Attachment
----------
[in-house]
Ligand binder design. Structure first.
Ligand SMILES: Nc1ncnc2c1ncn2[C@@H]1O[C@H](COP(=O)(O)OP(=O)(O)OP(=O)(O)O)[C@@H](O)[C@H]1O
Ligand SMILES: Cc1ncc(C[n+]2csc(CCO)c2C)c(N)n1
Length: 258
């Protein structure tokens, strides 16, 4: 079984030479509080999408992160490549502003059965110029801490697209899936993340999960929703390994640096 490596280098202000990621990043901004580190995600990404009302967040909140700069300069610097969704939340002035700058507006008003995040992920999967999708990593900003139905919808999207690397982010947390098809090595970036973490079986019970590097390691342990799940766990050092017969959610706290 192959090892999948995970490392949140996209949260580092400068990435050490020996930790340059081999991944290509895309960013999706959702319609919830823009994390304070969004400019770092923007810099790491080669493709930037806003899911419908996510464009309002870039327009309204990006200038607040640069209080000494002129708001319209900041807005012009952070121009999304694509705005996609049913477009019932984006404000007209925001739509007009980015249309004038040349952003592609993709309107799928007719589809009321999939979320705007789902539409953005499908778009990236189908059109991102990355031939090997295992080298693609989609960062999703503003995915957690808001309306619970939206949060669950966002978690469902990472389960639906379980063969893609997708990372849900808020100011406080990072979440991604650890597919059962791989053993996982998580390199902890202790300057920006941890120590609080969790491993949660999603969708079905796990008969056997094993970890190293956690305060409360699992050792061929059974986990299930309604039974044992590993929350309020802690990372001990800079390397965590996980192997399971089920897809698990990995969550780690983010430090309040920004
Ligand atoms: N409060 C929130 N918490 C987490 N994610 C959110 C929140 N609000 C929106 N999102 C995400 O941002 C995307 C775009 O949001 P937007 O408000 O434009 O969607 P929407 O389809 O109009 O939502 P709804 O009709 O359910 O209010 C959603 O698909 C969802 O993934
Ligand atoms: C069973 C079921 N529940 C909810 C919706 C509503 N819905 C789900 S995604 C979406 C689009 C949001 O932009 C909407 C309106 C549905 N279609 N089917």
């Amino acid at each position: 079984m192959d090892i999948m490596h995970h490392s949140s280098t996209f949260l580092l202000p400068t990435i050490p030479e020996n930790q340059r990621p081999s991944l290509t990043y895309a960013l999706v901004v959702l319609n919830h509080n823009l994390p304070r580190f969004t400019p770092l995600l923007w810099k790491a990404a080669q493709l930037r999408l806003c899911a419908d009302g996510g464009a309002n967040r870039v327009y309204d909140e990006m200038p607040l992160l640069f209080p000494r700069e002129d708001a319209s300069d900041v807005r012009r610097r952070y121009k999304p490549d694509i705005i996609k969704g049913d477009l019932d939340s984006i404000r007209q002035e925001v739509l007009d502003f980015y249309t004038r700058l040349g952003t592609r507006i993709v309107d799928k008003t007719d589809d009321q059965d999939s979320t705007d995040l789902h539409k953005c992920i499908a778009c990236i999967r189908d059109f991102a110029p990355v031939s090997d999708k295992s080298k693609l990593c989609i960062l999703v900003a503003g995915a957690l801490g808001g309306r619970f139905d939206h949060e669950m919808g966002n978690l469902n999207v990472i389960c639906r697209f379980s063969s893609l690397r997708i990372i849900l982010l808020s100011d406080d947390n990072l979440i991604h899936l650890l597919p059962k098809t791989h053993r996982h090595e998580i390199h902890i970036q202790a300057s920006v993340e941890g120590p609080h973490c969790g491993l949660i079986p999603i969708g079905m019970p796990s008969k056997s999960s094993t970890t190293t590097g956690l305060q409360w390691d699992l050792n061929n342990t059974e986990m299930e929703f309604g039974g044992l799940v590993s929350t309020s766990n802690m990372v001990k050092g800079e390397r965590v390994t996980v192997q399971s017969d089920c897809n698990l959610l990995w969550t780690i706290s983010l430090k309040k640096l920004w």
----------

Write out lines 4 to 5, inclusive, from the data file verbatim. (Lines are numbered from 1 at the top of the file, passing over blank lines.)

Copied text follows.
Ligand SMILES: Cc1ncc(C[n+]2csc(CCO)c2C)c(N)n1
Length: 258